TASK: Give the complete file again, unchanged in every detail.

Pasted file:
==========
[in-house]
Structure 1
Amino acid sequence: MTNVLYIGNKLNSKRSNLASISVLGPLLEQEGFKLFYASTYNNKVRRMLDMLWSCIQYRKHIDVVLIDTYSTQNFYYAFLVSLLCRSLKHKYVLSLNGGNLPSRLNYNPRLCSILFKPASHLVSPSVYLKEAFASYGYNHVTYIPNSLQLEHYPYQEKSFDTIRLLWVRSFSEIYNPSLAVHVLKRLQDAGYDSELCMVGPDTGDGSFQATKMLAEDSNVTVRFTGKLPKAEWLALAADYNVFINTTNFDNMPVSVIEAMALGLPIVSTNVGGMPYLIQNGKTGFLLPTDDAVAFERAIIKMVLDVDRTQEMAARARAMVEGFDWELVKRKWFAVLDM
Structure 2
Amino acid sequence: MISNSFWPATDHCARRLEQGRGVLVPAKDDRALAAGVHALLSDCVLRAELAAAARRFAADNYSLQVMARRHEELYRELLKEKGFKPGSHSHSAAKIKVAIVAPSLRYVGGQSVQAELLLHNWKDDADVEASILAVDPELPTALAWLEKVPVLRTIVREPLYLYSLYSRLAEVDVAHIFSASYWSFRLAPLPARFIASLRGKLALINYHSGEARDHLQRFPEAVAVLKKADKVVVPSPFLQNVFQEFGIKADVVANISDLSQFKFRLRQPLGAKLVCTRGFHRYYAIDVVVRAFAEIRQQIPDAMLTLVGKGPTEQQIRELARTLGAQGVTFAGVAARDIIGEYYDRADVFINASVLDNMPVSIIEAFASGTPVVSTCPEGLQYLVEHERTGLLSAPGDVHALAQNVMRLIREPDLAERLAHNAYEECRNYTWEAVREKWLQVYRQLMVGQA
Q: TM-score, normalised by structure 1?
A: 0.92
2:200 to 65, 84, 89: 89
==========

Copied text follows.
[in-house]
Structure 1
Amino acid sequence: MTNVLYIGNKLNSKRSNLASISVLGPLLEQEGFKLFYASTYNNKVRRMLDMLWSCIQYRKHIDVVLIDTYSTQNFYYAFLVSLLCRSLKHKYVLSLNGGNLPSRLNYNPRLCSILFKPASHLVSPSVYLKEAFASYGYNHVTYIPNSLQLEHYPYQEKSFDTIRLLWVRSFSEIYNPSLAVHVLKRLQDAGYDSELCMVGPDTGDGSFQATKMLAEDSNVTVRFTGKLPKAEWLALAADYNVFINTTNFDNMPVSVIEAMALGLPIVSTNVGGMPYLIQNGKTGFLLPTDDAVAFERAIIKMVLDVDRTQEMAARARAMVEGFDWELVKRKWFAVLDM
Structure 2
Amino acid sequence: MISNSFWPATDHCARRLEQGRGVLVPAKDDRALAAGVHALLSDCVLRAELAAAARRFAADNYSLQVMARRHEELYRELLKEKGFKPGSHSHSAAKIKVAIVAPSLRYVGGQSVQAELLLHNWKDDADVEASILAVDPELPTALAWLEKVPVLRTIVREPLYLYSLYSRLAEVDVAHIFSASYWSFRLAPLPARFIASLRGKLALINYHSGEARDHLQRFPEAVAVLKKADKVVVPSPFLQNVFQEFGIKADVVANISDLSQFKFRLRQPLGAKLVCTRGFHRYYAIDVVVRAFAEIRQQIPDAMLTLVGKGPTEQQIRELARTLGAQGVTFAGVAARDIIGEYYDRADVFINASVLDNMPVSIIEAFASGTPVVSTCPEGLQYLVEHERTGLLSAPGDVHALAQNVMRLIREPDLAERLAHNAYEECRNYTWEAVREKWLQVYRQLMVGQA
Q: TM-score, normalised by structure 1?
A: 0.92
2:200 to 65, 84, 89: 89